censer

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censer

a container for burning incense, esp one swung at religious ceremonies

Censer ; Thurible

(religion, spiritualism, and occult)

As its name implies, the censer holds incense and dispenses smoke during rituals. The ecclesiastical name for it is thurible. It is equated with the element of Air. Frequently the censer is hung on the end of a chains, or chains, so that it might be swung to promote the burning of the charcoal on which the incense rests. It is usually a metal vessel, perforated with holes, into which glowing charcoal is placed and incense is sprinkled onto the charcoal.

Ancient Egyptian censers were small bowls with a handle. Those used by the Greeks and the Romans were more like braziers. They were not swung, being much heavier than today's censers and were often made of bronze or iron. Early Jewish censers were like the Egyptian ones, and were shaped like ladles.

In Wicca the censing of the Circle is part of its consecration at the start of every coven ritual. Each person in the circle is similarly censed, as a cleansing. Any object—amulet, talisman, working tool—is censed when consecrated.

References in periodicals archive ?
For example, as noted above, the story of Nadab and Abihu is thought to reflect a controversy between priests competing to make incense offerings on censers in the sanctuary's most holy place.
Then again, incense dominates as the priests swing the censers along the marble altar, the altar where clergy face the tabernacle, their backs to the people.
Both the literal pattern emitted from the censers and the figurative style of the delirious decor merge to fashion the hero for "wilder visions of that land of real dreams.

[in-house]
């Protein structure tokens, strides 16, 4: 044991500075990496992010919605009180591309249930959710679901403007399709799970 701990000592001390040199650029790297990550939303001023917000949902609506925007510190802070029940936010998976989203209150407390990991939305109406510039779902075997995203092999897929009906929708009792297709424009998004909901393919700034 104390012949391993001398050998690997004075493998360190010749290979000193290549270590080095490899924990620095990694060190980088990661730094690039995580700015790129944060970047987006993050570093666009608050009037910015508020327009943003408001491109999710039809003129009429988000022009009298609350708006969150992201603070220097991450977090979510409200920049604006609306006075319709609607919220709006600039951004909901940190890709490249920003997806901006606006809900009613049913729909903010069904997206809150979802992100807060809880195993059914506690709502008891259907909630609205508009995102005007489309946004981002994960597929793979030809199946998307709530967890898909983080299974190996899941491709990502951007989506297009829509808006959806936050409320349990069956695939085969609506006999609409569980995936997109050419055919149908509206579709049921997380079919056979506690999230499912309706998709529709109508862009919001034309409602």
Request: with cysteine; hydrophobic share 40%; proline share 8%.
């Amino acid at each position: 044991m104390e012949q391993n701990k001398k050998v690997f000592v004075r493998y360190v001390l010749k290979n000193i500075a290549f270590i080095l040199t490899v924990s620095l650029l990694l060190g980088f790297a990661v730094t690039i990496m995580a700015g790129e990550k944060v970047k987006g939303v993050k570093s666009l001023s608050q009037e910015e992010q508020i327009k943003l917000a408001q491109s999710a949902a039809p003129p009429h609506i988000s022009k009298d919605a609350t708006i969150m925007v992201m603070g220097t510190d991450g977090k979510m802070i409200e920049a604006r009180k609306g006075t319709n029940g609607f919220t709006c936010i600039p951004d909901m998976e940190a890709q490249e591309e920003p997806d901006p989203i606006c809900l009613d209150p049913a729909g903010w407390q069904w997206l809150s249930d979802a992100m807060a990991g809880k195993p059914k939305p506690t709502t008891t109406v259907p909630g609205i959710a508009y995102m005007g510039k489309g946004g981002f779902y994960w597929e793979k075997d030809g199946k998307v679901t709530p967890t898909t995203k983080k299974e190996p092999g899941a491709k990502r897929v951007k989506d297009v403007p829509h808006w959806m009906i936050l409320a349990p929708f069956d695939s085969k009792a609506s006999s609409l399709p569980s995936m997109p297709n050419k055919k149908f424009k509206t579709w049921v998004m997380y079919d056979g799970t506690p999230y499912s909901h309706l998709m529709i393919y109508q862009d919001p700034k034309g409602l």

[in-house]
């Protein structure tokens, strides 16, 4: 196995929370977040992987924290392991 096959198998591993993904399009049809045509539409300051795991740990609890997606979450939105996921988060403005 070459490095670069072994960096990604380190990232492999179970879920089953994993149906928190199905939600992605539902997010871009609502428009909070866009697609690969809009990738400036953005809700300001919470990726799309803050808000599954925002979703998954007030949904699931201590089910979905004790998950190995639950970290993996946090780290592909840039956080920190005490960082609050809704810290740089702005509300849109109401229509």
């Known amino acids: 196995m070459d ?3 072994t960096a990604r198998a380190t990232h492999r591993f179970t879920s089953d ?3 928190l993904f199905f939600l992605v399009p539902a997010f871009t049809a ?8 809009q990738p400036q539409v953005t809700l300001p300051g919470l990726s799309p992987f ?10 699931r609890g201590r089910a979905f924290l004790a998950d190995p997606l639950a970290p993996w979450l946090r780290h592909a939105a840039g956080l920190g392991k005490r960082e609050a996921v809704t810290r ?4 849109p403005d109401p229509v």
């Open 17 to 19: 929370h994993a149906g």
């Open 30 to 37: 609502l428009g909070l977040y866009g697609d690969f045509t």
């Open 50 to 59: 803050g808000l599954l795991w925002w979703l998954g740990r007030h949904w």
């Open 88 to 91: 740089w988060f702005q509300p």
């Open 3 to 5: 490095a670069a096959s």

Sahagun's Nahuatl informant gave this account of a considerably less bloody blessing ceremony: "They would offer incense day and night at certain hours, spreading the incense with the clay censers that had a cavity with stones inside for rattling.
That metaphor will be explicitly adopted by the chorus, which, having purified the place with censers, celebrates the expulsion of the false lovers.
In Christian ritual, smoke from censers traditionally symbolized prayers ascending to heaven.
We're not naked," the vixen insists of the steamy sequence, which site says still required five cuts before Motion Picture Association of America censers gave It an R rating, Changed from an initial NC-17 (Mercy may get a theatrical rim down the line).
Priests swinging censers of incense chanted a burial service before the coffin was lowered into the ground.
The German metal-worker Theophilus, writing in the twelfth century, described the making of chalices, patens, cruets, censers and other sacramental objects.
From the Catholic priest swinging incense-filled censors censers down the aisles of a church in Rome, to the billows of incense smoke that cloud and curl around the Buddha icons in a Buddhist temple in Thailand, to copal burning in a tribal ceremony in the rainforest -- we have been using incense to connect to divinity in almost every culture and class of society for as long as we can look back in time.
Oriental lots include a Japanese Meiji period bronze eagle at up to PS5,000 and a pair of 19 Century Chinese censers in the form of a male and female Dog of Fo at up to PS3,000.
Mark's Cathedral in Cairo as deacons chanted somber hymns and bearded, black-clad priests and monks recited prayers as incense smoke flowed from their censers.